“I have come not to bring peace, but a sword.”
“Fallen man is not simply an imperfect creature who needs improvement: he is a rebel who must lay down his arms.”
–C. S. Lewis
The lay Pontifical student’s life in Rome is woven with more questions than our veins are with cappuccinos. When did I become more comfortable with men in collars than with men who have not taken a vow of celibacy? Have I fulfilled my “humiliating-moments-in-the-Italian-language” quota for the week? Why does the small chapel in our library smell never of incense, but always of apples? Was the reason some saints had the gift of bilocation so that they could make it to all of their pontifical classes? Why is night the only time when Rome becomes truly radiant? What is the sad story of the widowed barrister who works in the local bar, where coincidentally one can find the best coffee in all of Rome?
And what on earth was God thinking when He called me here?
The reality of living in this city cannot be condensed into classes, language, delicious food, beautiful architecture, and the historical and tangible affirmation of our Faith, all neatly and benignly suspended about us. Rather, these elements, along with our passions, our insecurities, our talents, our friendships, our love for our families back home, and everything that makes us who we are, clash into one another at every moment with a celestial violence that leaves all of the pieces lying in ruins at our feet.
Yet, such is ultimately the destiny for all of us, whether we live in the Eternal City or the backwoods of West Virginia. It is not enough to simply acquire accurate knowledge and good habits; these alone, while giving us means by which to identify truth and to follow the motions laid out by it, simply do not have what it takes to lead us all the way to the very heart of the matter. True fulfillment of our humanity comes, rather, by surrendering ourselves to the reality that Redemption demands that we must first be devastatingly destroyed. It is not simply a purification of our poor habits and worldly attachments; it is an actual death to ourselves, our entire selves. The calling to take up the Cross is not only a call to suffer; it is a call to die, for it is only through death that we can become who we truly are. “Love, as mortals understand it, isn’t enough,” says C.S. Lewis. “Every natural love will rise again and live forever in this country; but none will rise again until it has been buried.”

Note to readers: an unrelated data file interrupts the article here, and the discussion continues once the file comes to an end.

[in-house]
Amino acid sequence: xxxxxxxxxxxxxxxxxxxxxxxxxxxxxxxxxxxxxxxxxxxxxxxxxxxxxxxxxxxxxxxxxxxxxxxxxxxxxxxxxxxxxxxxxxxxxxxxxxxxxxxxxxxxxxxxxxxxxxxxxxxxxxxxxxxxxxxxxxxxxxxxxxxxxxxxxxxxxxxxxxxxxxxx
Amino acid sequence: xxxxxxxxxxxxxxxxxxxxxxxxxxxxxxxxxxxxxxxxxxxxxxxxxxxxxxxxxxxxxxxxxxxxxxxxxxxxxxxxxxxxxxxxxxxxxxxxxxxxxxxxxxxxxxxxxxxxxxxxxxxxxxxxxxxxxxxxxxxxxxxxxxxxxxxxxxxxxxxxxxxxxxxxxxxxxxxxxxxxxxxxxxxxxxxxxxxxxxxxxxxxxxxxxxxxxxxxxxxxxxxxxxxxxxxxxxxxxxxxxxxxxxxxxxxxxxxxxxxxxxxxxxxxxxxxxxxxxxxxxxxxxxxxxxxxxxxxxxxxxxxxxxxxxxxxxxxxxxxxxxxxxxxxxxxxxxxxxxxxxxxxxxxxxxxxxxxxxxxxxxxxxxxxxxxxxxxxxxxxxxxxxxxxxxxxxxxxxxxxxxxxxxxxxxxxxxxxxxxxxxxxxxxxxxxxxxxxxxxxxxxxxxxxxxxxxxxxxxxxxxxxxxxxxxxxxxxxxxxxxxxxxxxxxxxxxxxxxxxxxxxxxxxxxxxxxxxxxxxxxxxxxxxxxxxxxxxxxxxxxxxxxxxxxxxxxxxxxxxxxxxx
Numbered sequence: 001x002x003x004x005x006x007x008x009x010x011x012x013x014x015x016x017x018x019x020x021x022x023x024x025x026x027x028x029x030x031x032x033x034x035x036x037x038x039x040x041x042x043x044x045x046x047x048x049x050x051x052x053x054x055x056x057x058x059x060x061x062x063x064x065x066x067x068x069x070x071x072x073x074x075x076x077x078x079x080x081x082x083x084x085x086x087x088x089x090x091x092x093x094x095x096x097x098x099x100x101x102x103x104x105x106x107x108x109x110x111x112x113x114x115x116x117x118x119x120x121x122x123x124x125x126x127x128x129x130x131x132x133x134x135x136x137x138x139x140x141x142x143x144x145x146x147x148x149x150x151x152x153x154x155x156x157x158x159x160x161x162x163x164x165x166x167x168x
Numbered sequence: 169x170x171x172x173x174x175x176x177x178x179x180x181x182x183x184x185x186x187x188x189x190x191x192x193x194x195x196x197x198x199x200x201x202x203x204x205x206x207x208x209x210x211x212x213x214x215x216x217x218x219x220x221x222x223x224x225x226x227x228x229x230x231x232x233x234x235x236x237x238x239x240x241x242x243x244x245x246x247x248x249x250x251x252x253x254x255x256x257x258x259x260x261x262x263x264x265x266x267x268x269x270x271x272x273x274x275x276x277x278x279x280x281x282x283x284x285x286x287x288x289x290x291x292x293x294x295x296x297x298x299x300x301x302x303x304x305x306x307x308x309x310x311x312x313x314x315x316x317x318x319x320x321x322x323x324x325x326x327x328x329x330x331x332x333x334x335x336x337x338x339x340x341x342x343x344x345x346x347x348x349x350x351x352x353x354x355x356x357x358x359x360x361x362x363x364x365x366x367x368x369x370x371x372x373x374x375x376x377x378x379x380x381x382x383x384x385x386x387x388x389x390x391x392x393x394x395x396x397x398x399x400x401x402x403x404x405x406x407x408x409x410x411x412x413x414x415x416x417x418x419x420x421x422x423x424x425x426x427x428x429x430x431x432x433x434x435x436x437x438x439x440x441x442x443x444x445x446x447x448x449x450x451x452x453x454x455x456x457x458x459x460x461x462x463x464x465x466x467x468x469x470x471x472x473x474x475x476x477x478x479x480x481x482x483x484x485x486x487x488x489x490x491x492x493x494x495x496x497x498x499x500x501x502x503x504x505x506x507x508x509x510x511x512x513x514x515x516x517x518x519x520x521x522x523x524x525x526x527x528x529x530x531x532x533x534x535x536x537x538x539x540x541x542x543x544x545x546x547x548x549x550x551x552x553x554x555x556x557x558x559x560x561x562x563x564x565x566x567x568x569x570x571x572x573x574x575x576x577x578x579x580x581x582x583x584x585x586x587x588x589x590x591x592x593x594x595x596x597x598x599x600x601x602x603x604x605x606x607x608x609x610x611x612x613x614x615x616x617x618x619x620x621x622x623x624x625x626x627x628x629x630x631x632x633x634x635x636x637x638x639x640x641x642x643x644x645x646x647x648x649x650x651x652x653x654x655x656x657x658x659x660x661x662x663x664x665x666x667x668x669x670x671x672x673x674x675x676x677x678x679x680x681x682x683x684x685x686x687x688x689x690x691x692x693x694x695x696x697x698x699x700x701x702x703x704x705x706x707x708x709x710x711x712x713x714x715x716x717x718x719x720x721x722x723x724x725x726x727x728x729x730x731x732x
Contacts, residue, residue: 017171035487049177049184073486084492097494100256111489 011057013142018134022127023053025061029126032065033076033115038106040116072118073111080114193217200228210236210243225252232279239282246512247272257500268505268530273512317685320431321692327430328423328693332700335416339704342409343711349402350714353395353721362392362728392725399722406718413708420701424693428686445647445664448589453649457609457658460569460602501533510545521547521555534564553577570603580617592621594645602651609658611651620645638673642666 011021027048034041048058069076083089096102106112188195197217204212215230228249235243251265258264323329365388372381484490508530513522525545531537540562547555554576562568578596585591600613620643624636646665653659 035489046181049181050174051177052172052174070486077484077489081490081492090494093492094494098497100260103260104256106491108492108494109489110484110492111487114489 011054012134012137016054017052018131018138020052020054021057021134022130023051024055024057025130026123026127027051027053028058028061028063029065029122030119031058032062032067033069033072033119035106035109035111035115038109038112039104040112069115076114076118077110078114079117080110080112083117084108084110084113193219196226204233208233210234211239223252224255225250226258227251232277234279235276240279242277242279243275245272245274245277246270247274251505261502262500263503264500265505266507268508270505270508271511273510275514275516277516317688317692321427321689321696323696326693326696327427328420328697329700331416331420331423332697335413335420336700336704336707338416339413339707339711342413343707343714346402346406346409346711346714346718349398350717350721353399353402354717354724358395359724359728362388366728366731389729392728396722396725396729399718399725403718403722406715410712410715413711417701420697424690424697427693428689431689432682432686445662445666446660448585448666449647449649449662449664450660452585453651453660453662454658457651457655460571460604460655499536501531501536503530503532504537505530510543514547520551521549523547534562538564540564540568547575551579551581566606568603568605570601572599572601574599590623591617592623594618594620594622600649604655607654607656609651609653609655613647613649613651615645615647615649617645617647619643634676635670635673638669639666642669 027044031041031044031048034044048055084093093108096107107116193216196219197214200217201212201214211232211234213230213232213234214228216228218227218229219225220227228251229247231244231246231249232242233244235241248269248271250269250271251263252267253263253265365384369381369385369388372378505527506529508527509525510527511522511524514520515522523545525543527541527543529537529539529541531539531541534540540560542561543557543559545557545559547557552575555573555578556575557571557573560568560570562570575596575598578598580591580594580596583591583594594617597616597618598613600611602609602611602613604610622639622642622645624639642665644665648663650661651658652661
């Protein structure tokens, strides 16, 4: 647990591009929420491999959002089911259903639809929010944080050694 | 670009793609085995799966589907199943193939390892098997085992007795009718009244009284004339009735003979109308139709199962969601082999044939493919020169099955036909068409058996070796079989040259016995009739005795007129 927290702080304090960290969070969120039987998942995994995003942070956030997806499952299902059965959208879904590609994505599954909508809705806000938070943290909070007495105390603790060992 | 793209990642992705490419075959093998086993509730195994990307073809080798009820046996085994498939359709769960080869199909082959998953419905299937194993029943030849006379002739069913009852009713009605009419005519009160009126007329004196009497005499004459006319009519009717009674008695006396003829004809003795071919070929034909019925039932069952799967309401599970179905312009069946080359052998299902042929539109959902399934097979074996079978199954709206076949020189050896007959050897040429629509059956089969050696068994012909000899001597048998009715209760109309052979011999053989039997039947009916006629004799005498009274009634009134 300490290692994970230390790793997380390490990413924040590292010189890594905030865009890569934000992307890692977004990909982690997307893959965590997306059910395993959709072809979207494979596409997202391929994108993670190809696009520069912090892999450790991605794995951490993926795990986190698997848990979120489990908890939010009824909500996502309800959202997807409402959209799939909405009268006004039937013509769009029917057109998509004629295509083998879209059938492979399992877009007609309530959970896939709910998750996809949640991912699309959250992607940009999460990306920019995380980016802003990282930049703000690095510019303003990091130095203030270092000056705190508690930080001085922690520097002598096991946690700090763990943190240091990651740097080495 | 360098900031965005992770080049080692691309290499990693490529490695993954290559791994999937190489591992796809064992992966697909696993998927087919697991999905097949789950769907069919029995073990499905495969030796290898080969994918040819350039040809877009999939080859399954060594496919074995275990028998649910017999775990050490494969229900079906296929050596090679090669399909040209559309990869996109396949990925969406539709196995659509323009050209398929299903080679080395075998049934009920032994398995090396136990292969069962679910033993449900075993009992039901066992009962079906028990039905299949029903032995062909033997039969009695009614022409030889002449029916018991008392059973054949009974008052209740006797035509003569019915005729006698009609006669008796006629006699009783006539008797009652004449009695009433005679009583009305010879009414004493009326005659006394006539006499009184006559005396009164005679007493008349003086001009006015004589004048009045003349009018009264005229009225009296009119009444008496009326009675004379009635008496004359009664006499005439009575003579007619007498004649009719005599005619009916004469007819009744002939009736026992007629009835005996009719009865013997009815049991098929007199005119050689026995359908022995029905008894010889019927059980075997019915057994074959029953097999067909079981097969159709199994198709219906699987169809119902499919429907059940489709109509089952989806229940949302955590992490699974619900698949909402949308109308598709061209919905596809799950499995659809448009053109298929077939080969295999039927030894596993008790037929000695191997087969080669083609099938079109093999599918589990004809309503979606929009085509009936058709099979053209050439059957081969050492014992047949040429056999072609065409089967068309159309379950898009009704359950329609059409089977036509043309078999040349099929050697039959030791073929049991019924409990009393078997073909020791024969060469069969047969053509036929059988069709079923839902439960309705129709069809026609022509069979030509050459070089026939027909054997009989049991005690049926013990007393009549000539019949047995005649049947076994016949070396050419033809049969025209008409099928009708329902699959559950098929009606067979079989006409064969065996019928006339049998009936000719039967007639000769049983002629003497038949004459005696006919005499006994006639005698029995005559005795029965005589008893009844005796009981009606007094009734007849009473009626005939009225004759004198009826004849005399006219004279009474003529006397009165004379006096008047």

But though, in the process of being rebuilt, we feel the pain of the nails being driven in, and our beams pulled apart, those of us who are called to be pilgrims in this city are surrounded by constant reminders that what we are being reconstructed into is a palace for our Father to live in. This is the special gift of being called to live in Rome, for here is the only city on earth where we fully witness the majesty of our faith in such a way as to not only give us courage to strive for Heaven, but more importantly, joy in the knowledge of what is waiting for us when we get there.